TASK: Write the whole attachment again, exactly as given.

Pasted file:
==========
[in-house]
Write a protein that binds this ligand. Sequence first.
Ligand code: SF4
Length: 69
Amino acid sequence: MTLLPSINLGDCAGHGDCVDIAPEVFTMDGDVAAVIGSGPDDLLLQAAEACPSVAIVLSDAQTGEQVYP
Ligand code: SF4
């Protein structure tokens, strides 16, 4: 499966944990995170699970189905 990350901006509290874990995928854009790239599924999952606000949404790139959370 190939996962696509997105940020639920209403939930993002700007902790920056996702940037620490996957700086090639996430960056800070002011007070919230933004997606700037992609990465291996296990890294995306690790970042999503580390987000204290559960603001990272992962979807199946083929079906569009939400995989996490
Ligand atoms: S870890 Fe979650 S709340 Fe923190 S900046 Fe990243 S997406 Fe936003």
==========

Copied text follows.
[in-house]
Write a protein that binds this ligand. Sequence first.
Ligand code: SF4
Length: 69
Amino acid sequence: MTLLPSINLGDCAGHGDCVDIAPEVFTMDGDVAAVIGSGPDDLLLQAAEACPSVAIVLSDAQTGEQVYP
Ligand code: SF4
């Protein structure tokens, strides 16, 4: 499966944990995170699970189905 990350901006509290874990995928854009790239599924999952606000949404790139959370 190939996962696509997105940020639920209403939930993002700007902790920056996702940037620490996957700086090639996430960056800070002011007070919230933004997606700037992609990465291996296990890294995306690790970042999503580390987000204290559960603001990272992962979807199946083929079906569009939400995989996490
Ligand atoms: S870890 Fe979650 S709340 Fe923190 S900046 Fe990243 S997406 Fe936003």